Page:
Vitesse Semiconductor

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Vitesse Semiconductor
Subsidiary of Microsemi
Traded asFormerly NASDAQVTSS
IndustryCommunication Equipment
Founded1984 (1984)
HeadquartersCamarillo, California
Key people
Chris Gardner (CEO)

Vitesse Semiconductor was a fabless American semiconductor company based in Camarillo, California, which developed high-performance Ethernet integrated circuits solutions for Carrier, Enterprise networks. On March 18, 2015 Microsemi Corporation and Vitesse Semiconductor Corporation jointly announced that Microsemi would acquire Vitesse. The acquisition closed on April 28, 2015. [1]

Corporate history[edit]

Vitesse was founded by Al Joseph in 1984 as Vitesse Electronics Corporation. Its founders came out of Rockwell International and were funded with $30 Million from the Norton corporation. It later raised venture capital from Sequoia Capital and New Enterprise Associates. It changed its name to Vitesse Semiconductor in 1987. It became a public company in 1991. In 1999, it acquired XaQti and in 2000, acquired Sitera [2] and Orologic.[3]


VSC7420XJQ-01 - 10-Port Layer-2 Gigabit Ethernet Switch

Vitesse was one of the early developers of gallium arsenide (GaAs) based integrated circuits. It now offers a line of Ethernet switching products consisting of Carrier Ethernet switch engines for customer-premises equipment, access network equipment, wireless base stations, mobile access equipment, fiber and microwave wireless backhaul equipment, and metro networking equipment; and Ethernet switches that enable desktop, workgroup, and LAN infrastructure. The company also provides Ethernet media access controllers that offer addressing and channel control mechanisms and are used in enterprise class modular Ethernet switch platforms, as well as in Ethernet-over-SONET/SDH and Ethernet-over-OTN systems used in access, metro, and long-haul carrier networking systems; Ethernet transceivers, including single, quad, and octal devices that allow the transmission of 10/100/1000 BASE-T data over category 5 copper cable and fiber optic cabling for use in personal computers, home electronics, and LAN applications; and Ethernet transceivers with packet timing and synchronization capabilities. In addition, it provides a line of connectivity products, which comprise mixed-signal physical media devices, physical layer devices, crosspoint switches, and signal integrity devices that are used for the connection of systems via optical fiber, copper cable, or backplanes. Further, Vitesse offers a range of transport processing products, such as framers, mappers, and switches, which support data rates up to 10 Gbit/s for SONET/SDH, EoS, and OTN applications. It markets and sells its products directly to OEMs and original design manufacturers, as well as through third-party electronic component distributors and manufacturing service providers.[4]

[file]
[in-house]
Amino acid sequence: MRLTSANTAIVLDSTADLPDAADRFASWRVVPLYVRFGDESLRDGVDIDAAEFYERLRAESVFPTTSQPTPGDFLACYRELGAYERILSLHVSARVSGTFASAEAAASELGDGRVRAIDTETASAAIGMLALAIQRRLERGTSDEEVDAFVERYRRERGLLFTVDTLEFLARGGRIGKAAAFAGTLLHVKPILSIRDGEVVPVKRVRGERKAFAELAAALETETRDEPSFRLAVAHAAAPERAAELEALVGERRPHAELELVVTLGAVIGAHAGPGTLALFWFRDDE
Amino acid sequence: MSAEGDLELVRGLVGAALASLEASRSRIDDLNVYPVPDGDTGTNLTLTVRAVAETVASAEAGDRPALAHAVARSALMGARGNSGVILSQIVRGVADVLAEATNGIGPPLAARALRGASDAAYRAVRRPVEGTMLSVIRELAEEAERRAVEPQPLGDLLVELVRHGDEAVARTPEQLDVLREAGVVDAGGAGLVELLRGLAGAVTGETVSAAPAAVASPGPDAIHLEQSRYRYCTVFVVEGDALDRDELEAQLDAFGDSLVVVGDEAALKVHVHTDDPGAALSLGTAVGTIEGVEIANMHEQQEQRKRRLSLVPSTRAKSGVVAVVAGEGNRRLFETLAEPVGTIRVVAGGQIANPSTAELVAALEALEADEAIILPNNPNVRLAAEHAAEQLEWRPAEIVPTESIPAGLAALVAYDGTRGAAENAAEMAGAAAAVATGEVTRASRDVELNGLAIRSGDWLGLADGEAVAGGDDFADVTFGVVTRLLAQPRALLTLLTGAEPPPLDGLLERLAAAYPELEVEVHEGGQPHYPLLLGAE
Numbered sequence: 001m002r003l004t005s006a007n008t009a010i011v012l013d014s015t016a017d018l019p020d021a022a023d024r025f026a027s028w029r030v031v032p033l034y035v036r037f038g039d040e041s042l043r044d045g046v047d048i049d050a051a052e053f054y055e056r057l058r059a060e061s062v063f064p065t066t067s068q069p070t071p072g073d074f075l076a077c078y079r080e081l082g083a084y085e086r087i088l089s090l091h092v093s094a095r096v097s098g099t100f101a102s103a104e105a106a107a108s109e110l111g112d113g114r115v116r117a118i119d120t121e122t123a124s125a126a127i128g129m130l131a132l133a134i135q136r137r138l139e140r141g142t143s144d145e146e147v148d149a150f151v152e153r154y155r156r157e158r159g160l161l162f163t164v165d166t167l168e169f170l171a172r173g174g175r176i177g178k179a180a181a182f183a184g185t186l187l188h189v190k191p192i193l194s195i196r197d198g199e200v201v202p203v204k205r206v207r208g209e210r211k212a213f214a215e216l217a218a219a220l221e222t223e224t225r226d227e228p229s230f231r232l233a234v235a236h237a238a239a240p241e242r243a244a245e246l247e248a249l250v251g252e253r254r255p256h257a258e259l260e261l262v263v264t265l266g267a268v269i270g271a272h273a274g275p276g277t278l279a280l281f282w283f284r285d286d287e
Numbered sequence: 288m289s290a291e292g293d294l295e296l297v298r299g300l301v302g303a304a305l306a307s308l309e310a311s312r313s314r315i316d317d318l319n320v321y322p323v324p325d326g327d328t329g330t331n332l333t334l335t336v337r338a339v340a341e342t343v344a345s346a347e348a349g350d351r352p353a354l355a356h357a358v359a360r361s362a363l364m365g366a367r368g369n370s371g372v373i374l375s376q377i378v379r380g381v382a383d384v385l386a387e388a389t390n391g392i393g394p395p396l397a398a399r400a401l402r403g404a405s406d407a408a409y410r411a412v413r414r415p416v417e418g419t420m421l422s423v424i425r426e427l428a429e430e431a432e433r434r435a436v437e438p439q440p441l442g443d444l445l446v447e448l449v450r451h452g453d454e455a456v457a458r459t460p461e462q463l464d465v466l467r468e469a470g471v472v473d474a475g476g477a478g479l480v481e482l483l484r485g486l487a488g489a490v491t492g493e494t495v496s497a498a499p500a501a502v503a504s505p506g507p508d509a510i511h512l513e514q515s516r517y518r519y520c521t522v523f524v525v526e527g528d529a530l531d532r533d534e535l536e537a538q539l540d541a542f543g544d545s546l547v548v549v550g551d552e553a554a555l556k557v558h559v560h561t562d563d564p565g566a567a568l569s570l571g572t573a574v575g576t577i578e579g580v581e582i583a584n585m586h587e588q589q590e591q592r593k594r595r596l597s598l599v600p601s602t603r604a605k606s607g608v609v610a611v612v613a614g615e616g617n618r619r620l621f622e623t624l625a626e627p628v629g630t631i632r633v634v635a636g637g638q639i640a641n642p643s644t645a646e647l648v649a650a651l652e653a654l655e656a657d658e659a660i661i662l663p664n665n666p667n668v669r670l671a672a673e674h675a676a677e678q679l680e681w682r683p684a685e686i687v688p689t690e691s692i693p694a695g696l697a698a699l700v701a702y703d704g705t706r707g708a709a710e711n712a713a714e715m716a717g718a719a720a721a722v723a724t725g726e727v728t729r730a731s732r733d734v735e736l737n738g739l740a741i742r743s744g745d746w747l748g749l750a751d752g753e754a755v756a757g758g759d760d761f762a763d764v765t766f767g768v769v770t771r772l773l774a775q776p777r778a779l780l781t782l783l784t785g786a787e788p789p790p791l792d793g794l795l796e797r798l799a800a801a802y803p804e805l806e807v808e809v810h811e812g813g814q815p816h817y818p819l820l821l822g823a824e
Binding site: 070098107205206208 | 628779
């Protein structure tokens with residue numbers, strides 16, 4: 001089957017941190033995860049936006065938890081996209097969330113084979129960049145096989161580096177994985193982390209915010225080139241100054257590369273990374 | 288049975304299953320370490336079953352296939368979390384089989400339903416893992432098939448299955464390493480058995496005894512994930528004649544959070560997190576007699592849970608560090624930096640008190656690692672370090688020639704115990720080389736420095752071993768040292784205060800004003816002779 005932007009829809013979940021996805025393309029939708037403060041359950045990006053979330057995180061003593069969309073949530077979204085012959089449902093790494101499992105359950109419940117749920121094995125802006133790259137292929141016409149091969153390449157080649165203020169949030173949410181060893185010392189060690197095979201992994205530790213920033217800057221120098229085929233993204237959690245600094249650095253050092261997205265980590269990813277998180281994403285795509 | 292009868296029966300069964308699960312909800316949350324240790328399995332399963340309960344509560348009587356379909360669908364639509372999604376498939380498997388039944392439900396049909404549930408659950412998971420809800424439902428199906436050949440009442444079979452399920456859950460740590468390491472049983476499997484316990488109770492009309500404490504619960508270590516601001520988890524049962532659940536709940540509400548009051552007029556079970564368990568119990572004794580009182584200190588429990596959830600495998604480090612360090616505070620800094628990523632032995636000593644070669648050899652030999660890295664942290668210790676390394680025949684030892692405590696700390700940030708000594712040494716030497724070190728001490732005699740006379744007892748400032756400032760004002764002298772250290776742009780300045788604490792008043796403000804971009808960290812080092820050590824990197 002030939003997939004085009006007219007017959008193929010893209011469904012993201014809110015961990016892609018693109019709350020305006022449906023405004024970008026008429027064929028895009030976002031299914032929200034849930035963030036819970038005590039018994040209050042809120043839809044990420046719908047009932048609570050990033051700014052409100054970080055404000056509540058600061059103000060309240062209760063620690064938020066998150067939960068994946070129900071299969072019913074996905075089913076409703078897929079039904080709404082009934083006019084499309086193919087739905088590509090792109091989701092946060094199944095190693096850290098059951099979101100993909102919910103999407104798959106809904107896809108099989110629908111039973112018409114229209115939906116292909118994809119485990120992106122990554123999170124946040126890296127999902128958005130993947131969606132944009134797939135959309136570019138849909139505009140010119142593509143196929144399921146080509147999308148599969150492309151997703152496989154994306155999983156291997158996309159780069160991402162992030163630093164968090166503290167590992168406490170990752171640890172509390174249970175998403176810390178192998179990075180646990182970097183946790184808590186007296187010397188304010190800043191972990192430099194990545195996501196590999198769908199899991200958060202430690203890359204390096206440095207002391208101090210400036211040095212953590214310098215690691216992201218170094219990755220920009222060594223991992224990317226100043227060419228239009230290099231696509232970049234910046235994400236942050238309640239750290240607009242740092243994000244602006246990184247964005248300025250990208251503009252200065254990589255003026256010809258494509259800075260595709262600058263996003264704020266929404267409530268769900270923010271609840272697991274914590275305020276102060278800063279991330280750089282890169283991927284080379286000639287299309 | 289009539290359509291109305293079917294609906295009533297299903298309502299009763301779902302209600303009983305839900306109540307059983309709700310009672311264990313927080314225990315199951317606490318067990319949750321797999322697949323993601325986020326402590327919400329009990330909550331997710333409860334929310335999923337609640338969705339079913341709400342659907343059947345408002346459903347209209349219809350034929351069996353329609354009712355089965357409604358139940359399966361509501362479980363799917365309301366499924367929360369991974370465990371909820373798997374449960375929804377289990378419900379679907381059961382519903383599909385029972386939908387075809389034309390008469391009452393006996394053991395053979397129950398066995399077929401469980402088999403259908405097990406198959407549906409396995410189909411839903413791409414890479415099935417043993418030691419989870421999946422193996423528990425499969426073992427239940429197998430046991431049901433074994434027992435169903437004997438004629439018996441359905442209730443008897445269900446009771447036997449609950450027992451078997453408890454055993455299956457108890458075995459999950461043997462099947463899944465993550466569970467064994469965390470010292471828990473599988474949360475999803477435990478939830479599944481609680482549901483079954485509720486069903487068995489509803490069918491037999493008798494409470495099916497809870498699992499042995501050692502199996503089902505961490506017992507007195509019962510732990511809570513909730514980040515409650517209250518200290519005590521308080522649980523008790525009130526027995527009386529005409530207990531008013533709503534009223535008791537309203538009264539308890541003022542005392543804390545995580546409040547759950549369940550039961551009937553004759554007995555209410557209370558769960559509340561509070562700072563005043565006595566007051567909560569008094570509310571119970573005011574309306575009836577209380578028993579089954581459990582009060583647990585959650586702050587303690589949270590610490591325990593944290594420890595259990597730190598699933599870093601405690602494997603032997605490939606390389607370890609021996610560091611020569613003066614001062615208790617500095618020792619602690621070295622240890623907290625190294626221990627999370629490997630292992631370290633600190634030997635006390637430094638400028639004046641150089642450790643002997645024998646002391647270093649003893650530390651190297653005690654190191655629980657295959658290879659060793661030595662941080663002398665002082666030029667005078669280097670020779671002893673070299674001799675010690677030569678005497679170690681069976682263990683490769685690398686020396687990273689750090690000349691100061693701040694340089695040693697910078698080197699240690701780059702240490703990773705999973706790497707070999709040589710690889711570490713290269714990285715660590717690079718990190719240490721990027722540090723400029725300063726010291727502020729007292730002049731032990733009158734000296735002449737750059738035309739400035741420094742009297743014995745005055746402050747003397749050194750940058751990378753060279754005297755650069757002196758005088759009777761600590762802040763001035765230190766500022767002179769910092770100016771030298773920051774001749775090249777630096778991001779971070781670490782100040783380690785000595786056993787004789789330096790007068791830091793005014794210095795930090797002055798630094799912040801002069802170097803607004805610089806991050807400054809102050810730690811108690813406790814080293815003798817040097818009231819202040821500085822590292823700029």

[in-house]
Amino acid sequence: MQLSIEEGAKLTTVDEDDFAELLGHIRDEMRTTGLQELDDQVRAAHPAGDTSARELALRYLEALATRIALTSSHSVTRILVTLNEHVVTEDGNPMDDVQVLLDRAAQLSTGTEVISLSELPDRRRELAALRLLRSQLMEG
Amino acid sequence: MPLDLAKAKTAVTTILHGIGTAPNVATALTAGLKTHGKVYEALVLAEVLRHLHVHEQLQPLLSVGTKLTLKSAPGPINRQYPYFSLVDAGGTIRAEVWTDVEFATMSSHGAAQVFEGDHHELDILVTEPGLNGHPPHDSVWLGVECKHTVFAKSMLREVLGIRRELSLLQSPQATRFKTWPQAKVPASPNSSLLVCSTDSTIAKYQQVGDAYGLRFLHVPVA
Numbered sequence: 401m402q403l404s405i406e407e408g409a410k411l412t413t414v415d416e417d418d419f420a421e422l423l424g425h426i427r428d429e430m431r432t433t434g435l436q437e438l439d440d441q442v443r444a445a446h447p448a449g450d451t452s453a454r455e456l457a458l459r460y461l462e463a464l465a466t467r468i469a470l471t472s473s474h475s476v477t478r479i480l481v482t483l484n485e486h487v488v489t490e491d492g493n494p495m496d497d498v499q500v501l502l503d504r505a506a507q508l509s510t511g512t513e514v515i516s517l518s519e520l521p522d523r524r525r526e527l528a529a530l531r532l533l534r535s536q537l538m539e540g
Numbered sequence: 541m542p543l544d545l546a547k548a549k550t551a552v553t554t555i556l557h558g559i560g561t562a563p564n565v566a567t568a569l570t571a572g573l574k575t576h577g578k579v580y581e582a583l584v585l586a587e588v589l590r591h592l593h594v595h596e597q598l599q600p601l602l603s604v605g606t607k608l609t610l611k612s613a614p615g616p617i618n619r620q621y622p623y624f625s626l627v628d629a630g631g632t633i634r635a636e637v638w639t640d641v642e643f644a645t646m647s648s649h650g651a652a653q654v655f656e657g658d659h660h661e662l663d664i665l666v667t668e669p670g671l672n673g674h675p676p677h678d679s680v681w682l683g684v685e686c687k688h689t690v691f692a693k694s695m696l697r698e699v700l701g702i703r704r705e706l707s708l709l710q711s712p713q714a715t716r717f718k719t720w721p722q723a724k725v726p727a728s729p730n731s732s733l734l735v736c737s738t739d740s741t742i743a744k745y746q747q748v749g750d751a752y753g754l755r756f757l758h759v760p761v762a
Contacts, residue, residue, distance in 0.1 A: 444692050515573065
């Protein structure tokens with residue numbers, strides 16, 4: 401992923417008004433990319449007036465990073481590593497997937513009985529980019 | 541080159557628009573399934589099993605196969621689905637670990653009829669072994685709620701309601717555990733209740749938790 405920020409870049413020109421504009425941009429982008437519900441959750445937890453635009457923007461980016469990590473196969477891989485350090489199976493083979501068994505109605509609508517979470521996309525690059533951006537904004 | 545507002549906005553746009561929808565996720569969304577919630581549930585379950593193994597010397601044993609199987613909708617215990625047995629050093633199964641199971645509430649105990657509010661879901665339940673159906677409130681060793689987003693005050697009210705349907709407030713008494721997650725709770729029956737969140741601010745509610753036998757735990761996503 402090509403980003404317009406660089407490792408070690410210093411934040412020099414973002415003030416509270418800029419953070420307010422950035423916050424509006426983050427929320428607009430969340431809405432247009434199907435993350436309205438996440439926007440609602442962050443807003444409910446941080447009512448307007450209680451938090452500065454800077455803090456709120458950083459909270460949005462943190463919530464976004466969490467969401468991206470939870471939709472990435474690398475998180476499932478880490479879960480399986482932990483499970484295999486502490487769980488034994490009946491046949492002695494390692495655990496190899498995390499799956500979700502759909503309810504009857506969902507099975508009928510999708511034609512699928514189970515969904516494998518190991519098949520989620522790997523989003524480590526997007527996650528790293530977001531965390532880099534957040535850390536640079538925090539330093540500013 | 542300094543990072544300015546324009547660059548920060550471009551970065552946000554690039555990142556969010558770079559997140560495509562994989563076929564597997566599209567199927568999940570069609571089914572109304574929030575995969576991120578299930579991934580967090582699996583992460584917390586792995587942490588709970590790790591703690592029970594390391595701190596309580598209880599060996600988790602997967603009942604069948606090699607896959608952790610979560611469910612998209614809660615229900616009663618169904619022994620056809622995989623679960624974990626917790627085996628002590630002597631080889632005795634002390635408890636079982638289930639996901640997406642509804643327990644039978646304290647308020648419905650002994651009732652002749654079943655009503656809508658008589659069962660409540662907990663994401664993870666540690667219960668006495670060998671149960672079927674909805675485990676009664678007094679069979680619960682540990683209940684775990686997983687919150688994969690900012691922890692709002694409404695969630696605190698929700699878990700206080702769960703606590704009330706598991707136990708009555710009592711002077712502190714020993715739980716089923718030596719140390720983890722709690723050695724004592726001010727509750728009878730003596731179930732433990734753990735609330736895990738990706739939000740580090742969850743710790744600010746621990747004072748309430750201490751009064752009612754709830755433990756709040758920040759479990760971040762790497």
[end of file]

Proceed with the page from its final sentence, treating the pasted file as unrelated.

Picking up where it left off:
Vitesse developed a minisupercomputer intended for the scientific market and employing the company’s GaAs chips. The company closed that division in 1987 with the first model as demonstration version. Reportedly management was unable to raise sufficient funds and thought bringing the product to market would take too long. [5] [6]

Securities fraud[edit]

In 2007 the company paid US$10.2 million to settle a class action lawsuit alleging securities fraud though options backdating, saying that the company failed to disclose and misrepresented some adverse facts.[7] Subsequently, in 2010, two of its former executives, founder Lou Tomasetta and the former executive vice president Eugene Hovanec were charged with securities fraud related to the backdating.[8] In December 2010, Vitesse finalized a settlement with the United States Securities and Exchange Commission (SEC), over the SEC's investigations into the firm's historical stock options practices and accounting. Vitesse agreed to pay $3.0M to the SEC, which concluded the SEC's investigation of Vitesse.[9]


In June 2014, the Camarillo-based chip company announced a $23.2M stock offering, a planned sale of 7.5 million shares at $3.35 each, to be used for working capital and general corporate purposes.[10] This raise would be Vitesse's third in two years.

In June 2013, Vitesse closed a $18.7M offering at a price of $2.15 and gross proceeds of $40.2M.[11] The company previously netted $17.1M from an offering in December 2012.[12]

In the June 2014 offering, Vitesse's largest shareholder, Raging Capital Management LLC, purchased an additional 1.6 million shares. This raised Raging Capital's total position to 14.3 million shares, or approximately 25% of Vitesse's outstanding shares.[13]


  1. ^ "Microsemi Successfully Completes Acquisition of Vitesse". 2015-04-28. Retrieved 2017-03-03.
  2. ^ EE Times article 4/20/2000
  3. ^ Szweda, R. (2000). Gallium Arsenide, Electronics Materials and Devices. A Strategic Study of Markets, Technologies and Companies Worldwide 1999-2004. Elsevier. p. 326. ISBN 9780080532288.
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  7. ^ "Vitesse Semiconductor Corporation". April 2006. Retrieved Jul 28, 2013.
  8. ^ Vitesse founder reportedly charged with fraud
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